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Planting Seeds: Ujima Fights Against Food Injustice In St. Louis

Nick Speed, the founder and full-time operator of Ujima in St. Louis, MO, barely has time for a quick salutation and mild chuckle at Garden & Health’s joking suggestion that his name is a kind of “superhero” pseudonym.

“I appreciate that,” he says, laughing before quickly getting down to the very serious topic at hand: food injustice in America. 

It’s a topic dear to Speed’s heart and one he has long been interested in before starting his community service endeavor, Ujima, in 2018. In addition to this particular interest, Speed seems to have been passionate about service to his fellow man for as long as he can remember.

Photo Courtesy Kailee Jo Edelen and Lincoln Nelson

“So I got introduced to this work through AmeriCorps. I did a term of service during 2016 and did an AmeriCorps term. And I really enjoyed that work,” Speed said. “And I was primarily the volunteer coordinator there. But a big part of my role was working with young people.” 

“I was able to manage field trip experiences from pre-K through college and also was able to work with folks with developmental disabilities,” he continued. “And yeah, I just really enjoyed that work.”

This opportunity to get a taste of community service through AmeriCorps only sparked a greater desire in Speed to do more.

“I didn’t know what the future was going to be like for me, but I know I wanted to continue on that path,” Speed said. “And so got another job doing outdoor education at Gateway Green, which is now Seed St. Louis. So I did that from 2017 until 2020. And then through that, I also started Ujima, which is a nonprofit, in 2018.”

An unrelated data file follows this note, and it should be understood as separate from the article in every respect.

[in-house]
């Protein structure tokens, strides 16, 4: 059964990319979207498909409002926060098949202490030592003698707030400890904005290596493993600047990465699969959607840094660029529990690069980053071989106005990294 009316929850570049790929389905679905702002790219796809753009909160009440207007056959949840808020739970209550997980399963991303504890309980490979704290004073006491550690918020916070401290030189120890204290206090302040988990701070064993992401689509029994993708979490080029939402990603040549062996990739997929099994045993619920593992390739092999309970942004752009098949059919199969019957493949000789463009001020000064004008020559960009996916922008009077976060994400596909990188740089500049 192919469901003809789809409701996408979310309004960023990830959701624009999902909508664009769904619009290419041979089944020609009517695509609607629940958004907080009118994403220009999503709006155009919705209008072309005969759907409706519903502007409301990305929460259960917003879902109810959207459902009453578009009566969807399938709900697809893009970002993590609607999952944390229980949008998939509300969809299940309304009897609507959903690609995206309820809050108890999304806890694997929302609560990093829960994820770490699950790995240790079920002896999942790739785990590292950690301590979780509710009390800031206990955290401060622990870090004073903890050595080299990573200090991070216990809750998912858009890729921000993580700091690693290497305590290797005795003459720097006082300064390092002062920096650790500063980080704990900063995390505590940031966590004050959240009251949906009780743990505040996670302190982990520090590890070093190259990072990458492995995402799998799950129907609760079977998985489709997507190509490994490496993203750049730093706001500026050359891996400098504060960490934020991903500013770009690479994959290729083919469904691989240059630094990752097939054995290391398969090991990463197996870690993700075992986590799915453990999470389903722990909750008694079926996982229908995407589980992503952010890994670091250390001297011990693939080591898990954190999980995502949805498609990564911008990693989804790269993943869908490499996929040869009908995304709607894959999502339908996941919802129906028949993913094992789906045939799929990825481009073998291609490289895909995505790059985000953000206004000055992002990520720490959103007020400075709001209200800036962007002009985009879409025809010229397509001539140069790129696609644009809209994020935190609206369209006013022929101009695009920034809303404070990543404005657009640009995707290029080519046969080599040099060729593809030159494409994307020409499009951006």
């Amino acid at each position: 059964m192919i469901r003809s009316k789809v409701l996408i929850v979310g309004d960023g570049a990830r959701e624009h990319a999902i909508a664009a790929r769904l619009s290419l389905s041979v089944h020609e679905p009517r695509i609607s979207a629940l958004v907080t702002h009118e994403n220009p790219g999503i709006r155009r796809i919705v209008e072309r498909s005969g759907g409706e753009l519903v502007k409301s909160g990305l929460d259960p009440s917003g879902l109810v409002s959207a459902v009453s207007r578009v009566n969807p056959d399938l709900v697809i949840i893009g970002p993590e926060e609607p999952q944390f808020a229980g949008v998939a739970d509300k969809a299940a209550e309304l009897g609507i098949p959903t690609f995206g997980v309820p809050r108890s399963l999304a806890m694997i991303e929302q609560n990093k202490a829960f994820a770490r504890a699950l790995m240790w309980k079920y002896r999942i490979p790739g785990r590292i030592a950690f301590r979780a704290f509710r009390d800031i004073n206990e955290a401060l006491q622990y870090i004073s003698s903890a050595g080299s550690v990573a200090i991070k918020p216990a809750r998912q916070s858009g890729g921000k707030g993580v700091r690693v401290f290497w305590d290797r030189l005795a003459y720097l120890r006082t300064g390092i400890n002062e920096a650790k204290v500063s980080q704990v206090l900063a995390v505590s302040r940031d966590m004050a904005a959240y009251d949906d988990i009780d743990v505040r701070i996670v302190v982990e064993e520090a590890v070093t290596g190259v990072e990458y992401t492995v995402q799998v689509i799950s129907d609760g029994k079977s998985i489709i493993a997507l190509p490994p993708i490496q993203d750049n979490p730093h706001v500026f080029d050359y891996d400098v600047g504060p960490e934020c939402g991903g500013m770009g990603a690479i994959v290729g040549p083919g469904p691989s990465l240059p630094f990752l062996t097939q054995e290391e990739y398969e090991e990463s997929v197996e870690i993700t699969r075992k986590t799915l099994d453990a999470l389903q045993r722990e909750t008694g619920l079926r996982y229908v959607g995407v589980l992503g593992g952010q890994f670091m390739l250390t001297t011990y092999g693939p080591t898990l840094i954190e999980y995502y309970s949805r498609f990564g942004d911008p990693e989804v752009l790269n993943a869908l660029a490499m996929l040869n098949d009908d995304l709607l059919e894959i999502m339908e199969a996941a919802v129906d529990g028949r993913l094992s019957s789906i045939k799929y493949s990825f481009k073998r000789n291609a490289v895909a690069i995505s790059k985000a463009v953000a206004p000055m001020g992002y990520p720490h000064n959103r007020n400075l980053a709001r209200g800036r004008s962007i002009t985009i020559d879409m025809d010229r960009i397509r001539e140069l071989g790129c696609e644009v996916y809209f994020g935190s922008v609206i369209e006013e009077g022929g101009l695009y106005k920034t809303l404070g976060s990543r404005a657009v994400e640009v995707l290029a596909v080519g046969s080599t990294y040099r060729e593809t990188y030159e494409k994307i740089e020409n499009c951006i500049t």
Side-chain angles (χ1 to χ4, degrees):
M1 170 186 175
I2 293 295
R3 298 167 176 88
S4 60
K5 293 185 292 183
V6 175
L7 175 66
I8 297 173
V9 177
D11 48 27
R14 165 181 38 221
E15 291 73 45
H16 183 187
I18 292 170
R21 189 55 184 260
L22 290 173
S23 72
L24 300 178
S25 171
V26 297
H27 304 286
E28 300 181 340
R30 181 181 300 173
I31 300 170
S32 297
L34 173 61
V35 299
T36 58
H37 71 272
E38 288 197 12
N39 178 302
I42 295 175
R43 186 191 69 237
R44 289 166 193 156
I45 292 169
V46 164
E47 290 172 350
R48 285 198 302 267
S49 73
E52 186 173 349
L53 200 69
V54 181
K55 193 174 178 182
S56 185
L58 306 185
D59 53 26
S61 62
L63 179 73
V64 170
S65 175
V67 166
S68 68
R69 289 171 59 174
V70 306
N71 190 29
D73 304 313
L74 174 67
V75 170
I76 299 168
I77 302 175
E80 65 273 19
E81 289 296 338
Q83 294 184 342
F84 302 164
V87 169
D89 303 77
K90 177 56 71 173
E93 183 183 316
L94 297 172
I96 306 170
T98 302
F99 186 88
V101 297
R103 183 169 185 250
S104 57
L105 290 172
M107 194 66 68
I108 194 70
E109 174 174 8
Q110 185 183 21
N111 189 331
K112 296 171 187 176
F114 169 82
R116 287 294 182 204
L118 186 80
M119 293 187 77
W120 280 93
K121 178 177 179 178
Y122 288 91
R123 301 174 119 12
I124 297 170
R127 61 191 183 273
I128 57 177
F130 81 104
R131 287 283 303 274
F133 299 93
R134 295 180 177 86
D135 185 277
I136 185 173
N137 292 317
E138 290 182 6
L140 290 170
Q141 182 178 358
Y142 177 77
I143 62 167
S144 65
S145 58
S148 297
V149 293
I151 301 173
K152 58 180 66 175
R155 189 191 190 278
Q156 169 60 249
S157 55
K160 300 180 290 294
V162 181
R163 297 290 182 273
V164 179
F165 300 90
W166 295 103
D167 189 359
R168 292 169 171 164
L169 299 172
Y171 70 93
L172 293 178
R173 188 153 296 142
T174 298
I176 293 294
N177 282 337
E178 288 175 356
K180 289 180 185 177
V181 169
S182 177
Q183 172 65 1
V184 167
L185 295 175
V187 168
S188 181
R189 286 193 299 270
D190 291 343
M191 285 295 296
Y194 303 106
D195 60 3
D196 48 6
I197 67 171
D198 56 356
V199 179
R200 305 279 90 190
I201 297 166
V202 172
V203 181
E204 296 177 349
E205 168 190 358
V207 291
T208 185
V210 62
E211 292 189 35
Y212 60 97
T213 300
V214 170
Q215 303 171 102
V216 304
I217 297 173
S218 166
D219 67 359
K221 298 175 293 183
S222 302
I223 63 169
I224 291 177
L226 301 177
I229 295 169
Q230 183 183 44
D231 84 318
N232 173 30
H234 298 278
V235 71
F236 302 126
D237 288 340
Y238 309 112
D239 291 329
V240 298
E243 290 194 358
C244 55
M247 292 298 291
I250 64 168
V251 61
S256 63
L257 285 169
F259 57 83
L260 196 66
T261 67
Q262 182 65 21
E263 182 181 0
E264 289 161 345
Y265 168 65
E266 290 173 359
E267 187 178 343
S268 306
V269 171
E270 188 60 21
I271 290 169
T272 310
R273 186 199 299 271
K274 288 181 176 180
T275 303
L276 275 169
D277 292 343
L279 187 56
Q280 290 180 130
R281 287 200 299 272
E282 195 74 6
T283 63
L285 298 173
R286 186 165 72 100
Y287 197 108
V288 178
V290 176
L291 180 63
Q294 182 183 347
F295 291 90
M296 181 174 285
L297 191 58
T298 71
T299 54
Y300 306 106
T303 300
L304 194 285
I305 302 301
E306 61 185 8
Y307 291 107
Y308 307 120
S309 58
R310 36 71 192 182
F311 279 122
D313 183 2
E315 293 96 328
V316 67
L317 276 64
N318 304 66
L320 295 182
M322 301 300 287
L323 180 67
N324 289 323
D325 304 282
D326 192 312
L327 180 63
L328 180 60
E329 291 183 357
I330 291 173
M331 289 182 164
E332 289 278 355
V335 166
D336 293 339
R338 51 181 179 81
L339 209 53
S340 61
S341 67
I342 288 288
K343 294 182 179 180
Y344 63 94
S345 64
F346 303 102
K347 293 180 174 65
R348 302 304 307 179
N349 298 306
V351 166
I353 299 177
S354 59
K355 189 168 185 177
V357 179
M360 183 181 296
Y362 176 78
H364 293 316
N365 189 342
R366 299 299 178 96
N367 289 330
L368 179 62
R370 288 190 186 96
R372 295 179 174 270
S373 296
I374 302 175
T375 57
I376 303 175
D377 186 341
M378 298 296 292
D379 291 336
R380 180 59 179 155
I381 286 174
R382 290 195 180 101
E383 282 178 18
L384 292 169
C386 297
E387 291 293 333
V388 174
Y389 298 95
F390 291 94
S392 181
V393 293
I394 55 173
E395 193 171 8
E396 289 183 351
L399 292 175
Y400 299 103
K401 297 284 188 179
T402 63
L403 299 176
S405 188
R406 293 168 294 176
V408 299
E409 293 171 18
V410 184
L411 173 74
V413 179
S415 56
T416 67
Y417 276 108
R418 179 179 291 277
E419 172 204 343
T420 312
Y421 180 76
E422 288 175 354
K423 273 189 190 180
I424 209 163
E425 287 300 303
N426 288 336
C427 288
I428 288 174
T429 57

Ujima supports “mutual aid efforts across the Greater St. Louis Area” and provides “produce, herbs, and flowers to local farmers markets and businesses.” It also offers a paid internship to local youth and community clean-up programs throughout various neighborhoods in the city. 

Photo Courtesy Kailee Jo Edelen and Lincoln Nelson

Originally, Ujima focused on a nonprofit cafe in the city, but the onset of the COVID-19 pandemic created an opportunity for a pivot.

“So, the pandemic caused us to kind of shift towards agriculture, just based on my background and being able to manage community gardens,” Speed said. “We started doing monthly produce donations through the community garden. And so we did that for a couple of years.”

“And then, in 2021, was when everything changed. We had some really incredible funders that allowed us to raise around $250,000,” he continued.

“And so from that, we were able to create our own urban farm, George Washington Carver Farms, just a few miles away from our community garden.”

Photo Courtesy Kailee Jo Edelen and Lincoln Nelson 

Here, Speed’s voice becomes even more serious, and he gets into the heart of why he believes this is work worth doing, so much so that he is dedicating his life to it.

“For me, I think that agriculture represents the foundation for everything that we want to build,” Speed said. “So, we’re in areas that have experienced food apartheid, as well as environmental racism, and we really want to show up in that community, not just for providing more access to fresh food, but also to create education, jobs, and conservation efforts. 

“And then, as we grow, we want to look at housing,” he continued. “How can we create housing opportunities for folks in an equitable fashion for future employees as well as folks in the community.”

Speed is clearly a man with a passion and a plan. When asked how others can get involved, his answer is simple and underscores a seemingly deeply internalized belief that given the resources and time, Speed and Ujima can accomplish anything.

Photo Courtesy Kailee Jo Edelen and Lincoln Nelson

“I would say the easiest way to get involved is to donate. You know, not just us with Ujima or George Washington Carver Farms … all of us that are doing this work are doing it with limited resources,” he said. “And so donating, even if it’s a small amount, goes a long way to supporting our efforts.”

He pauses as if wrapping up before adding one more important way to help.

“And I would say, continuing to advocate for the folks that are doing this work to politicians and local leaders. Because, unfortunately, a lot of our work is not taken seriously,” Speed said. “So, advocating our local leaders and having them see the importance of this work, I think, is also really important.”

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